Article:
Το Τμήμα Μάρκετινγκ & Επικοινωνίας σας προσκαλεί στο ερευνητικό σεμινάριο, με εισηγήτρια την Δρα. Jo Angouri, Reader του Πανεπιστημίου Warwick της Μεγάλης Βρετανίας. Το σεμινάριο έχει τίτλο «(Re)Learning to see: a master class in organisational ethnography» και θα λάβει χώρα την Πέμπτη 2 Φεβρουαρίου 2017 και ώρα 15.00-18.00, στην αίθουσα 709 (7ος όροφος, κτίριο Μεταπτυχιακών Προγραμμάτων Σπουδών του Οικονομικού Πανεπιστημίου Αθηνών, επί των οδών Ευελπίδων και Λευκάδος).
ΣΥΝΤΟΜΟ ΒΙΟΓΡΑΦΙΚΟ ΣΗΜΕΙΩΜΑ ΤΗΣ ΕΙΣΗΓΗΤΡΙΑΣ
Jo Angouri is Reader at The University of Warwick, UK and visiting Distinguished Professor of Organisation and Management and International Business at Aalto University, School of Business. Her research expertise is in sociolinguistics, pragmatics and discourse analysis. She has carried out projects in a range of multilingual and multinational corporate and institutional contexts and her work concerns both online and face to face interaction. She has published widely on language and identity as well as teamwork and leadership in professional settings. Her current research includes a project on teamwork in medical emergencies and multidisciplinary work on migration and the labour market. Jo is Co-Director of two international networks, MITN (Migration, Identity and Translation Network) under the Warwick-Monash Alliance and ReNMigrantsWL (Migrants in Working life). She has recently edited a volume on Boundaries at Work (with M. Marra and J. Holmes, EUP, 2017) and she is working on a monograph on Culture at Work for Routledge. She is series editor for DAPSAC for Benjamins and Language at Work for Multilingual Matters.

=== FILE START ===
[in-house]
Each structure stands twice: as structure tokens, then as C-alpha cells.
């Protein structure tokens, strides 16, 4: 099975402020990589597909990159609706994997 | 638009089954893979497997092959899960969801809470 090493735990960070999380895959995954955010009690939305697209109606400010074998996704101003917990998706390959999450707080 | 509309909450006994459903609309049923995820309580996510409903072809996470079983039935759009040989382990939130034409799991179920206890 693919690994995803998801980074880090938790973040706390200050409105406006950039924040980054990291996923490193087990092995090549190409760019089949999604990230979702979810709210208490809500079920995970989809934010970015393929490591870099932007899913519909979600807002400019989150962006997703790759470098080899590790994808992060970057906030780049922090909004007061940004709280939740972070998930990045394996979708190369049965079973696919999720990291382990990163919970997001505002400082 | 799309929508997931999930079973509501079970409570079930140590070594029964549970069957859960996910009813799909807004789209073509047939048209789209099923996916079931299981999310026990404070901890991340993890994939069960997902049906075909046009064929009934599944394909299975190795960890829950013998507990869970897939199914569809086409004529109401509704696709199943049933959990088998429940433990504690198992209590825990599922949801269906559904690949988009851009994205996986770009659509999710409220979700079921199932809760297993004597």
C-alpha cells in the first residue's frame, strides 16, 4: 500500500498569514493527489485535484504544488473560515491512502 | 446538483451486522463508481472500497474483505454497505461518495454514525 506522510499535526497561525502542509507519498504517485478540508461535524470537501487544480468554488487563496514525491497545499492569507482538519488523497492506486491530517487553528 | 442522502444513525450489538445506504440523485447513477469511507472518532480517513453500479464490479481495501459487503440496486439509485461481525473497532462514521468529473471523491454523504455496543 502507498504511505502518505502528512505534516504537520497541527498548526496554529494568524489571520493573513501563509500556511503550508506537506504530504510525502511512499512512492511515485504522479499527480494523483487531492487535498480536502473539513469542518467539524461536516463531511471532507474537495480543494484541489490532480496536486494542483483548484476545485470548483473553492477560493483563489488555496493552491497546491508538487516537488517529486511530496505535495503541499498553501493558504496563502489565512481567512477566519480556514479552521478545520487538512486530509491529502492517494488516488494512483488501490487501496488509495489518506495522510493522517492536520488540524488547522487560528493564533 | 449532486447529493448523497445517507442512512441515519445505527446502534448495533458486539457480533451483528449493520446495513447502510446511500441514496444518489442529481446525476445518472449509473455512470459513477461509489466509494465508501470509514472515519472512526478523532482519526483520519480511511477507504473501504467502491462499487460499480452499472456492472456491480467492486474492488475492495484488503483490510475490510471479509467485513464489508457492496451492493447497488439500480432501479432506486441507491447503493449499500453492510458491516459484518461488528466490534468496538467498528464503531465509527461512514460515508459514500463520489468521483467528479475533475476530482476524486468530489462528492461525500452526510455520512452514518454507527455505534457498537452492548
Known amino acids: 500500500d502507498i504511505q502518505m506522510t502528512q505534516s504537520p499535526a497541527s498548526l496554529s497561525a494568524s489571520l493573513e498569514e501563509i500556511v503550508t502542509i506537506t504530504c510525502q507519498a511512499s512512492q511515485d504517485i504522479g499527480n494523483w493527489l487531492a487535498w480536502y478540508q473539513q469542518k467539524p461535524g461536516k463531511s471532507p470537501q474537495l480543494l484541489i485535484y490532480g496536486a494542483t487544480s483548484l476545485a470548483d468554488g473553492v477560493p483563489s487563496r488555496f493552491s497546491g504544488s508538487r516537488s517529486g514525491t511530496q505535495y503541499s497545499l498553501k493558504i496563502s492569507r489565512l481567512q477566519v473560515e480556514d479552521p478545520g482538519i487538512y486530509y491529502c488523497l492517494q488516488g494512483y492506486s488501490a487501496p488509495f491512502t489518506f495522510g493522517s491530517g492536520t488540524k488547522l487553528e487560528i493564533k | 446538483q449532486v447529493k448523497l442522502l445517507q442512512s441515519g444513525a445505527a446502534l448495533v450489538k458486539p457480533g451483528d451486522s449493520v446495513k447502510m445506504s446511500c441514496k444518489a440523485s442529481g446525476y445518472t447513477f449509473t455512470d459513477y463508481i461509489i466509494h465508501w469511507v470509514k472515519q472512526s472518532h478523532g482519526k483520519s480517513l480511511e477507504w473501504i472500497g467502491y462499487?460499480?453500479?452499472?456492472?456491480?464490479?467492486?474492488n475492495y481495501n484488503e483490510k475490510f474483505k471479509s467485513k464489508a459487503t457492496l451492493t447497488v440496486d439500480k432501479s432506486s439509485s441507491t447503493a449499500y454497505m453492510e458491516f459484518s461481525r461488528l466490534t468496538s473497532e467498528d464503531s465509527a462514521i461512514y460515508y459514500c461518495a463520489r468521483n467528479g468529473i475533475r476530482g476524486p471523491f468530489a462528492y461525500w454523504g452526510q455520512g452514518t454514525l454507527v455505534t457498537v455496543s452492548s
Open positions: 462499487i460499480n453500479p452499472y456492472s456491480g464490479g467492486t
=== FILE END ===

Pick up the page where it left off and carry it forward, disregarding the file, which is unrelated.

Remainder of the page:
ΠΕΡΙΛΗΨΗ ΤΟΥ ΑΝΤΙΚΕΙΜΕΝΟΥ ΤΟΥ ΣΕΜΙΝΑΡΙΟΥ
Ethnography is typically understood as a paradigm, method and particular genre and commonly used in a range of disciplines (linguistics, anthropology, sociology) to name but few. Although workplace ethnography is still comparatively rare, the number of studies taking this approach is steadily growing. Ethnographic research is associated with the participants’ (emic) understanding of their context. As such it allows researchers to come closer to the complexity of the lived experience and provides the tools for in depth accounts and ‘thick descriptions’ of the meaning of symbols and practices at work. It usually focuses on a single case and involves, ideally, longitudinal designs. What does this practically mean though and how can we avoid common pitfalls that reduce ethnography to quick field visits and notes. What is the role of the researcher and how we handle the politics of interpretation once on site and after? This master class addresses some of these issues and takes a hands on approach applying theory to practice. We will use our immediate surroundings as our fieldsite and explore the strengths and challenges of workplace ethnography.